Author Anthony Sottile
Recipients Anthony Sottile, jaraco, miss-islington
Date 2021-05-28.01:27:34
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> Which types are sneaky and look like built-in types but do not act like them?

well for starters, there's the tuple subclass which pretends to be a dict.  but it violates substitutability for both `tuple` and `Mapping` so it's not useful in either contexts.  mypy complains about incorrect types in overrides for both.  the worst part of this is that the `__getitem__` moves from O(1) to O(N) (in some private code this makes importlib.metadata on 3.10 _10x slower than on 3.9_).  next there's the `EntryPoints` tuple subclass which looks like a tuple but doesn't at all act like one (__getitem__ fails substitutability for example) -- this is an api break with 3.9 which returned a `list` (can't `.sort()` `.extend(...)`, etc. any more)

> Given that backports are available

I don't think this is appropriate.  re-introducing a backport brings in a tree of dependencies that have been shaky at best with backward compatibility.  in other words, using standard library importlib.metadata provides significantly improved compatibility and stability over the moving target backport (and its tree of dependencies, zipp being the one that breaks the most often from experience).  you'll notice I closed the flake8 PRs specifically because I didn't want to reintroduce the backport.  This backport also globally monkeypatches the import machinery breaking any other consumer as well -- in a tool as popular as flake8 I can't really make that global mutation decision for all of the other consumers.

> The typing issues

these were *trivially solved* by a dictionary comprehension using `` -- it really did not need a full rework and break of the api to solve (could have just deprecated the `__iter__` which I actually suggested on the *original implementation* way back in 3.8)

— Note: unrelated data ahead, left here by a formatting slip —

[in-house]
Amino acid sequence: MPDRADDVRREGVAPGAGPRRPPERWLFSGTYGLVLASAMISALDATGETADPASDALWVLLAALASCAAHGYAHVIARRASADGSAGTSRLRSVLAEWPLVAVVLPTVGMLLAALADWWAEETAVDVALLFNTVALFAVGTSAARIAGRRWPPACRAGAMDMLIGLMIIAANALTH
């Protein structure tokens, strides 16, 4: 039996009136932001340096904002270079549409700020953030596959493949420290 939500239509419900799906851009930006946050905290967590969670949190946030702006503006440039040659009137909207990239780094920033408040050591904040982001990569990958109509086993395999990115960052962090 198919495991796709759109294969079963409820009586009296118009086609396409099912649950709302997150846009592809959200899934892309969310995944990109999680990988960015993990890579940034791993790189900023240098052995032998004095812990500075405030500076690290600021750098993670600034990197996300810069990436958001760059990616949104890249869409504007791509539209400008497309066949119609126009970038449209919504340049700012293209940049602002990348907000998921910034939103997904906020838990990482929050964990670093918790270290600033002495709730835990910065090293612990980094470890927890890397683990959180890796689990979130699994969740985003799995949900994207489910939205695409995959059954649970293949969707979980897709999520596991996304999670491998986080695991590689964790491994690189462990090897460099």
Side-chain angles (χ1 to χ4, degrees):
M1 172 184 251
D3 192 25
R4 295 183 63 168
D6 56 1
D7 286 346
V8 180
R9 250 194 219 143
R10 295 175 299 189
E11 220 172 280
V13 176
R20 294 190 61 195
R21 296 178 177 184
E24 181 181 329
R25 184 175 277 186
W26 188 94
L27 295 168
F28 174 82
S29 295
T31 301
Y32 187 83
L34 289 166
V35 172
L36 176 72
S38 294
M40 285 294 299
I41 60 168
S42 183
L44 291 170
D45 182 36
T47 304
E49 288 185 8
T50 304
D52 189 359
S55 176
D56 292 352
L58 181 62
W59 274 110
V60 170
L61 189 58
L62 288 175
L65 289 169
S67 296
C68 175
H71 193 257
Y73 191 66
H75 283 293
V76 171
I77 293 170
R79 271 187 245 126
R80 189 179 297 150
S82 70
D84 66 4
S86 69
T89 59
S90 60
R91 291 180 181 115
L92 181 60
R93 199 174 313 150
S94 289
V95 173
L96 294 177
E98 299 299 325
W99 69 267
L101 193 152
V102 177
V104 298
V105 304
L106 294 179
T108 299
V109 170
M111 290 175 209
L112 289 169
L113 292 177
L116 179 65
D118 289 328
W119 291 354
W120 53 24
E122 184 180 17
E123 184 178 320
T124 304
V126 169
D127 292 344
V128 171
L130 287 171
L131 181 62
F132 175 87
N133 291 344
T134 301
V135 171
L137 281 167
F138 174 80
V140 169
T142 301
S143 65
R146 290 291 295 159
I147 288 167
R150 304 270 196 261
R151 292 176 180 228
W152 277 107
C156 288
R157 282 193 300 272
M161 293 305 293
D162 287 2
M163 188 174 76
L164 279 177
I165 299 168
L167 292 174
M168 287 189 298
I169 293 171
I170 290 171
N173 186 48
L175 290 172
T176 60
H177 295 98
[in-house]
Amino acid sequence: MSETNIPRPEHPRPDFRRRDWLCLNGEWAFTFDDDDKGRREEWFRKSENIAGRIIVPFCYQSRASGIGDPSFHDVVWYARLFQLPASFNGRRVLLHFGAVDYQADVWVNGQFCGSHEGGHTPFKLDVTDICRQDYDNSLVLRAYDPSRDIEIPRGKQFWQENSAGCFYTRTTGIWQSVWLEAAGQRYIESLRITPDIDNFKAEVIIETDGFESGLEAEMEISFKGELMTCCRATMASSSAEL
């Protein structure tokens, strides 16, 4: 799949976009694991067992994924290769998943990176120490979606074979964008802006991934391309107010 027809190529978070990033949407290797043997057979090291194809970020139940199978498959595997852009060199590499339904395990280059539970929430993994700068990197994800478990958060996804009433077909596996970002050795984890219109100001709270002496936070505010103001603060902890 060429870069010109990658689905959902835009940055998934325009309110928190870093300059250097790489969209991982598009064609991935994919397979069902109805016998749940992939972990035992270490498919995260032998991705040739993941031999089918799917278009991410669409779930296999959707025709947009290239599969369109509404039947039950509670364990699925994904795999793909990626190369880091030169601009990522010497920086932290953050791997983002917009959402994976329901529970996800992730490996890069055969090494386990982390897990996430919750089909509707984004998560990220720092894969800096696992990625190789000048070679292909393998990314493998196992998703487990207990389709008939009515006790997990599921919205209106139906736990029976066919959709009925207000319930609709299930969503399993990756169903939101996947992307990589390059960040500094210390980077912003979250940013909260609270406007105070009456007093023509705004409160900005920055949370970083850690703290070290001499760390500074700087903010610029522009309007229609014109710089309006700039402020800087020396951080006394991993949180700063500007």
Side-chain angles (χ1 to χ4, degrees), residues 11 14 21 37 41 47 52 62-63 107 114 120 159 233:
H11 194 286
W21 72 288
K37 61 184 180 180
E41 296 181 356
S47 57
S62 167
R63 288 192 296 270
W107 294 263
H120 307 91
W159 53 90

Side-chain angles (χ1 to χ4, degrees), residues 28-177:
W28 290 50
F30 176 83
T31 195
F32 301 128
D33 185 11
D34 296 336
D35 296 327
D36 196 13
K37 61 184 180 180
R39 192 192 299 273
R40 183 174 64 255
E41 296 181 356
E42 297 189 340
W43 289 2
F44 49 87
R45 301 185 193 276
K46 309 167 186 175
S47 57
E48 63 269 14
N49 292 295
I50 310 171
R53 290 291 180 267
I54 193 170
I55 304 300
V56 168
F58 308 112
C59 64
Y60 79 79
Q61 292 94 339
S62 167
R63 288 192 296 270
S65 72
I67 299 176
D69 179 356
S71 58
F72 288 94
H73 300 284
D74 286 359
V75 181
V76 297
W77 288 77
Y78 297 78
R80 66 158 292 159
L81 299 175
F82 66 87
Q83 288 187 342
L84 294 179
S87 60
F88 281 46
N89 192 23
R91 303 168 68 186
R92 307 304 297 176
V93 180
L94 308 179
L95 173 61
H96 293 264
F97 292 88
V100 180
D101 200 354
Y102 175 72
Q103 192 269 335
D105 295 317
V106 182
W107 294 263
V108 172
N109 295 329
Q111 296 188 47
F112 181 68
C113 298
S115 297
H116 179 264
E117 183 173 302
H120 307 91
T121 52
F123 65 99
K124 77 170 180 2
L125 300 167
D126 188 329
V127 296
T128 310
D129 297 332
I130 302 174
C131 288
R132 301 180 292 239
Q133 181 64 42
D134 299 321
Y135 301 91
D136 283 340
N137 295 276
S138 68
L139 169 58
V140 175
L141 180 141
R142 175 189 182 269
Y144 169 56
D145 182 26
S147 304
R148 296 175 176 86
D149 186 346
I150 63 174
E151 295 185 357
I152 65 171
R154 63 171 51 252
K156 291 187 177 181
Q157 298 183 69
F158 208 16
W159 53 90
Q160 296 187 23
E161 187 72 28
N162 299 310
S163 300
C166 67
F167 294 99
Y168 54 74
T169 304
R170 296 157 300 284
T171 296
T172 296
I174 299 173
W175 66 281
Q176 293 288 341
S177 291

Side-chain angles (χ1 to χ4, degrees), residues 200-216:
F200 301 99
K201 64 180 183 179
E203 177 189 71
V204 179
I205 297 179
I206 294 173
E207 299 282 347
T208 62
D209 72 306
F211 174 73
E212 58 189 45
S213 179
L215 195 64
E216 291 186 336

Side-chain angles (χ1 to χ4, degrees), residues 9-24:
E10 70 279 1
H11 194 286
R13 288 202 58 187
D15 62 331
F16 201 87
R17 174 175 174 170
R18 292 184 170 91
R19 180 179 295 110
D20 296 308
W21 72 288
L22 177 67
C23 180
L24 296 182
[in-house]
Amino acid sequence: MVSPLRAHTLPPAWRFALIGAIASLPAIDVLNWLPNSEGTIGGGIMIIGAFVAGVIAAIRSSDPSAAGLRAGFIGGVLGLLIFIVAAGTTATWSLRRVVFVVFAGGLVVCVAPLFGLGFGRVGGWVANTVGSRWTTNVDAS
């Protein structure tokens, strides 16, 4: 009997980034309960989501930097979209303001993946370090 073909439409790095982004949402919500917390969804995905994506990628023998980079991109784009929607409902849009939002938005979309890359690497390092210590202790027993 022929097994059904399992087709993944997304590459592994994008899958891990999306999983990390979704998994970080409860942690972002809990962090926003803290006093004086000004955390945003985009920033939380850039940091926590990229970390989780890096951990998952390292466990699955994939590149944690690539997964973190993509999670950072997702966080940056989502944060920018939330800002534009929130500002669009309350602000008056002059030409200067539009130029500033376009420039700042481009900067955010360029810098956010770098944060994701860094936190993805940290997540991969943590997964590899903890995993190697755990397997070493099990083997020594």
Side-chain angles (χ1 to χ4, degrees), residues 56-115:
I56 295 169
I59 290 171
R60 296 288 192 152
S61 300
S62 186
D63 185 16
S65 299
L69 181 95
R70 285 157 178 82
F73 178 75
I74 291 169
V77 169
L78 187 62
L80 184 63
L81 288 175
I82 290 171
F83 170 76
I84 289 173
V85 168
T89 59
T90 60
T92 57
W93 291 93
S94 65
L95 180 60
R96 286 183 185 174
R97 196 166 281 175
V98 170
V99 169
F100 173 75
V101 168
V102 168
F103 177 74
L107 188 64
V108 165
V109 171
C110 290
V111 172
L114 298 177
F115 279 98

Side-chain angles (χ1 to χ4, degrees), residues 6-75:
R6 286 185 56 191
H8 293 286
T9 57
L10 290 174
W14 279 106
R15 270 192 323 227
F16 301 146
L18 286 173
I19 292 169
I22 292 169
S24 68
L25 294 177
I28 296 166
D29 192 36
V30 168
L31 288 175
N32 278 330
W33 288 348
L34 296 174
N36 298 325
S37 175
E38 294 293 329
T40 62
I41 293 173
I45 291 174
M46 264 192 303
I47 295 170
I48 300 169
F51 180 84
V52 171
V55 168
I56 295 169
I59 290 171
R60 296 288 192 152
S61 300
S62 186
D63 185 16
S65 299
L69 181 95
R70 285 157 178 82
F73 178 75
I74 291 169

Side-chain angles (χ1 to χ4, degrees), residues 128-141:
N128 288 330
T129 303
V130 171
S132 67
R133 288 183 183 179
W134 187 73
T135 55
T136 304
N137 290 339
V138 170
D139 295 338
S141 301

> The new APIs are not only easier to describe with types

the types describing the new apis require *significant* `# type: ignore`s to pass mypy because they violate basic substitutability.  they also cannot be used in any of the contexts they were appropriate for in <3.10 (Dict[str, List[EntryPoint]] or List[Entrypoint] depending on the api).

> I'm not aware of a single breakage.

I'm sorry but you have to have realized from the many issues on importlib-metadata or the many issues linking to your deprecation issue that there is significant toil caused directly by your change.  cpython is meant to be a stable substrate to build upon, please do not force the community to shoulder the burden of your poor api decisions.

> even without requiring an updated importlib_metadata backport.

your proposed change introduced a different, unrelated package.  not without its own maintenance problems (an additional dependency that has to ~work indefinitely, a hack at best to support this breaking change)

> Given the amount of adoption already, reverting these changes is likely to cause more disruption than moving forward with them.

I disagree, bigger things have been reverted (see: __future__.annotations)

>  So far, the only example presented above appears contrived and not an actual concern

I promise you this is not a contrived case, if you look at your issue tracker it has been reported before and by others.  For every issue reported there's likely tens or hundreds of others which are not reported.

> It's common for Python minor releases to introduce undocumented changes that are technically incompatible

I've seen this as a rationalization for intentional surprise breaking changes but I don't buy it.

Additionally your comments about (paraphrased) "the testsuite didn't demonstrate this usecase so I'm free to change it" are frankly a cop out -- your api returned a dict and a list, that's part of the public api -- changing that is a breaking change.
Date User Action Args
2021-05-28 01:27:35Anthony Sottilesetrecipients: + Anthony Sottile, jaraco, miss-islington
2021-05-28 01:27:35Anthony Sottilesetmessageid: <>
2021-05-28 01:27:35Anthony Sottilelinkissue44246 messages
2021-05-28 01:27:34Anthony Sottilecreate